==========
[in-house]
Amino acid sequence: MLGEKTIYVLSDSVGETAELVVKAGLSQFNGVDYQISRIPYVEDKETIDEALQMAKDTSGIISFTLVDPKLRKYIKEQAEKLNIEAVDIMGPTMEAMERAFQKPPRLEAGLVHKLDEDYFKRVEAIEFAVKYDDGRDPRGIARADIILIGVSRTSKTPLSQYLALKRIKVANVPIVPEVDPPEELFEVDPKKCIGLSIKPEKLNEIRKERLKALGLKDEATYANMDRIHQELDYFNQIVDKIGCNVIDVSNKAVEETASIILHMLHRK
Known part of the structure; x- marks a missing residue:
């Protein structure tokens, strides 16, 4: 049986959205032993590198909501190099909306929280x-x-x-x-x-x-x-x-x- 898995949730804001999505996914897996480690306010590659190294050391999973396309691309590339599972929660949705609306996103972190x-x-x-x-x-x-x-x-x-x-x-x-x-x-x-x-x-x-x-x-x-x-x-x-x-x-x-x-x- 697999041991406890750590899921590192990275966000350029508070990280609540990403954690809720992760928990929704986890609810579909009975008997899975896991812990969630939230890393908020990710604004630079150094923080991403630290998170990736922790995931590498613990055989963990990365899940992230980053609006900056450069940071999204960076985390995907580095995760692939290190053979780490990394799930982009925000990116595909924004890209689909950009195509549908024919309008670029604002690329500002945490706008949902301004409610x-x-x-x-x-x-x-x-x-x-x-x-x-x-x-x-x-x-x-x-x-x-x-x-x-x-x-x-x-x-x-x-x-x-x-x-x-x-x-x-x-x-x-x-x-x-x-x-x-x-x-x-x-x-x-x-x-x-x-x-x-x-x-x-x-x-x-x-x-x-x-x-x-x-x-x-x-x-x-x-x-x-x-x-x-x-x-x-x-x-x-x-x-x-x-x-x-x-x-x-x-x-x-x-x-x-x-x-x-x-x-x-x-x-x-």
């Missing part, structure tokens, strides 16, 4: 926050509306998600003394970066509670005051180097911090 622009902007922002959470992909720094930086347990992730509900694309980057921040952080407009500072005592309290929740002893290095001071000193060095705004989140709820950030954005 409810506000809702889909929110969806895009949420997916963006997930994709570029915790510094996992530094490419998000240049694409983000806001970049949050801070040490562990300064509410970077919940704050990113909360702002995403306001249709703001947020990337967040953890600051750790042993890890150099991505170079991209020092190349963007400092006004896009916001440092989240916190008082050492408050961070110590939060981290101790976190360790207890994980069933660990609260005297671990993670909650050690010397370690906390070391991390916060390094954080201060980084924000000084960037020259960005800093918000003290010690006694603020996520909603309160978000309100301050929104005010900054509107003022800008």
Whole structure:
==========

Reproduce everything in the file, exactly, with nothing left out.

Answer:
[in-house]
Amino acid sequence: MLGEKTIYVLSDSVGETAELVVKAGLSQFNGVDYQISRIPYVEDKETIDEALQMAKDTSGIISFTLVDPKLRKYIKEQAEKLNIEAVDIMGPTMEAMERAFQKPPRLEAGLVHKLDEDYFKRVEAIEFAVKYDDGRDPRGIARADIILIGVSRTSKTPLSQYLALKRIKVANVPIVPEVDPPEELFEVDPKKCIGLSIKPEKLNEIRKERLKALGLKDEATYANMDRIHQELDYFNQIVDKIGCNVIDVSNKAVEETASIILHMLHRK
Known part of the structure; x- marks a missing residue:
């Protein structure tokens, strides 16, 4: 049986959205032993590198909501190099909306929280x-x-x-x-x-x-x-x-x- 898995949730804001999505996914897996480690306010590659190294050391999973396309691309590339599972929660949705609306996103972190x-x-x-x-x-x-x-x-x-x-x-x-x-x-x-x-x-x-x-x-x-x-x-x-x-x-x-x-x- 697999041991406890750590899921590192990275966000350029508070990280609540990403954690809720992760928990929704986890609810579909009975008997899975896991812990969630939230890393908020990710604004630079150094923080991403630290998170990736922790995931590498613990055989963990990365899940992230980053609006900056450069940071999204960076985390995907580095995760692939290190053979780490990394799930982009925000990116595909924004890209689909950009195509549908024919309008670029604002690329500002945490706008949902301004409610x-x-x-x-x-x-x-x-x-x-x-x-x-x-x-x-x-x-x-x-x-x-x-x-x-x-x-x-x-x-x-x-x-x-x-x-x-x-x-x-x-x-x-x-x-x-x-x-x-x-x-x-x-x-x-x-x-x-x-x-x-x-x-x-x-x-x-x-x-x-x-x-x-x-x-x-x-x-x-x-x-x-x-x-x-x-x-x-x-x-x-x-x-x-x-x-x-x-x-x-x-x-x-x-x-x-x-x-x-x-x-x-x-x-x-």
């Missing part, structure tokens, strides 16, 4: 926050509306998600003394970066509670005051180097911090 622009902007922002959470992909720094930086347990992730509900694309980057921040952080407009500072005592309290929740002893290095001071000193060095705004989140709820950030954005 409810506000809702889909929110969806895009949420997916963006997930994709570029915790510094996992530094490419998000240049694409983000806001970049949050801070040490562990300064509410970077919940704050990113909360702002995403306001249709703001947020990337967040953890600051750790042993890890150099991505170079991209020092190349963007400092006004896009916001440092989240916190008082050492408050961070110590939060981290101790976190360790207890994980069933660990609260005297671990993670909650050690010397370690906390070391991390916060390094954080201060980084924000000084960037020259960005800093918000003290010690006694603020996520909603309160978000309100301050929104005010900054509107003022800008």
Whole structure: